Photo by Helen Marie
Arriving at B.B. Kings Sunday, June 6th armed with camera, pen and pad, I was ready with high expectations for The Foreign Exchange. The multi-faceted identity of FE is represented by YahZarah, Phonte and Darien Brockington, together combining an ecclecic recipe of hip-hop, blues, funk, reggae with a complete “feel good” gospel experience.
STORY BY HELEN MARIE
Nicolay’s genius production sets the tone of the show with the witty lyricism of Phonte; smooth serenading of Darien Brockington, topped off with the sultry vocals of Yahzarah St. James. It only takes one live show to see that this union’s very existence, which can only produce the kind of music that is timeless. The Foreign Exchange show was very entertaining, but do not take that description loosely. The experience of being at a Foreign Exchange concert is nothing short of musical genius.
Phonte’s lyrics gave a healthy dose of humor, mixed with his North Carolina southern charm. He kept the crowd engaged and the stage moving. He really showed a very intimate side of himself while performing the love song “My Flame.” It is no surprise that this artist, well known for his relation to Little Brother and The Justice League is mastering his craft and ready to share the goodness.
Yahzarah no doubt kept you so aware of the fact that, there are still vocalists who can SANG! She performed her lead single “Why Dontcha Call Me No More” which was a satisfying reflection of her newly released album The Ballad of Purple St. James in stores now! Dressed to the nine as usual and standing tall as she can be in stilettos, she was the queen of the night adding the fierce feminine energy needed to complement the mostly male-dominated stage.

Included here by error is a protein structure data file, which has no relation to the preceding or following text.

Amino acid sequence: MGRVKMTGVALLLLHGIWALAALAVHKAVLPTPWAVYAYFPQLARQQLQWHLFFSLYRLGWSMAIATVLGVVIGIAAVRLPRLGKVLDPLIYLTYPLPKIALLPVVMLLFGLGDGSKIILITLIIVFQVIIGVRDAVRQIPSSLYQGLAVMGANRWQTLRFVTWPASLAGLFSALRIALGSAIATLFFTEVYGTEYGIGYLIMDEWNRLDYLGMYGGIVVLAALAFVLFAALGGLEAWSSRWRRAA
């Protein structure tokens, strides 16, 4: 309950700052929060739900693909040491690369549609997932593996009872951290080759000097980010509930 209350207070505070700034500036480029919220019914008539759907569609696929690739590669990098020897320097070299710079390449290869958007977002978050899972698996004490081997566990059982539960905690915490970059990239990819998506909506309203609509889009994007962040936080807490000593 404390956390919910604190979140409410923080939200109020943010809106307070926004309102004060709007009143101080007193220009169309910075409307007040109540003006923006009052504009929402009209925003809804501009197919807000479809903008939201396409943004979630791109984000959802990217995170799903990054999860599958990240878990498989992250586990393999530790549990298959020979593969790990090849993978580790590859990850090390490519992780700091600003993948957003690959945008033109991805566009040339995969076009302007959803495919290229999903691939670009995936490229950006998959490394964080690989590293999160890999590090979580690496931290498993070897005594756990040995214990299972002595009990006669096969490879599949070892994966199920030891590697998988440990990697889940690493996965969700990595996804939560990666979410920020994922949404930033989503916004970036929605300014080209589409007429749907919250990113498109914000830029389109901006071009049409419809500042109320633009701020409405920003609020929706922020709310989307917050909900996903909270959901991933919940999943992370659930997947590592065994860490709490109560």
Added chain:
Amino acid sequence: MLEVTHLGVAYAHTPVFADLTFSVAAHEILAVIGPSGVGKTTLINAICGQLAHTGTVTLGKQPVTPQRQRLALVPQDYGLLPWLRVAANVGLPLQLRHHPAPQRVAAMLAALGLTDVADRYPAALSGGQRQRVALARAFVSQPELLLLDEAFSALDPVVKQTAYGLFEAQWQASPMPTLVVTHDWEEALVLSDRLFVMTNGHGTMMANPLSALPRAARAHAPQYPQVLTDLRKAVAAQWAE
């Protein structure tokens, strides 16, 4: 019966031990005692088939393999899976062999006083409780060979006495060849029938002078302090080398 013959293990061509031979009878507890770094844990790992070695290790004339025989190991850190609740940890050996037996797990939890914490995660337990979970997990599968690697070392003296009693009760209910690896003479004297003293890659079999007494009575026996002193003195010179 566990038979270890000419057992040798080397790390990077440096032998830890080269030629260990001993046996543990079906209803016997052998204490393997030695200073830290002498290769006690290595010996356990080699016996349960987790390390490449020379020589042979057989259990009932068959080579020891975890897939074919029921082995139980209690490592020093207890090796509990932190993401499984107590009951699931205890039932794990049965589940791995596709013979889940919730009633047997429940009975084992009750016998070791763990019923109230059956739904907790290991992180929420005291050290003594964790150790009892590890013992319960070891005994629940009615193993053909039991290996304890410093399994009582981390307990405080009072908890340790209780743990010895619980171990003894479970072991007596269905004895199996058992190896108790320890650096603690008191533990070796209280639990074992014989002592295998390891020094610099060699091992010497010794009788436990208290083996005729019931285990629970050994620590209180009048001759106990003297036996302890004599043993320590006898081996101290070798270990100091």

Darian Brockington’s duet with Yahzarah “All of My Days” was refreshing to say the least. His soulful ad-libs, and impromptu running on/off the stage created an even greater amount of entertainment that I personally found quite satisfying. I anticipate his next solo project and love the chemistry he brought to the show when performing “Come Around.” There was a brief intermission and then The Foreign Exchange was back at it again! As they performed “Written All over Your Face” the audience was transported in a “time machine” to some of my personal favorite times in R&B history! This was the part in the show where the ’70s on up to the ’90s soulful influence was celebrated and respected.
What do Gucci Mane, Soulja Boy and Foreign Exchange have in common? One of the highlights of the show occurred when FE hilariously performed “Turn My Swag On” and a remixed version of some Gucci Mane and Soulja Boy hits! Imagine “Swag Surfin” to a full piece band, in three-part harmony and with soulful undertones. There was even a point where they remixed “I Wanna Know” into a reggae version and that is when I was convinced, you need not ever put these artists in a box! Their B.B. King’s performance gave more than enough evidence why they earned their Grammy nomination for “Daykeeper” in the Best Urban/Alternative Performance category. Good news is, the combination of YahZarah, Darien Brockington and Phonte will have another chance to trump their last effort when their next album comes out this October.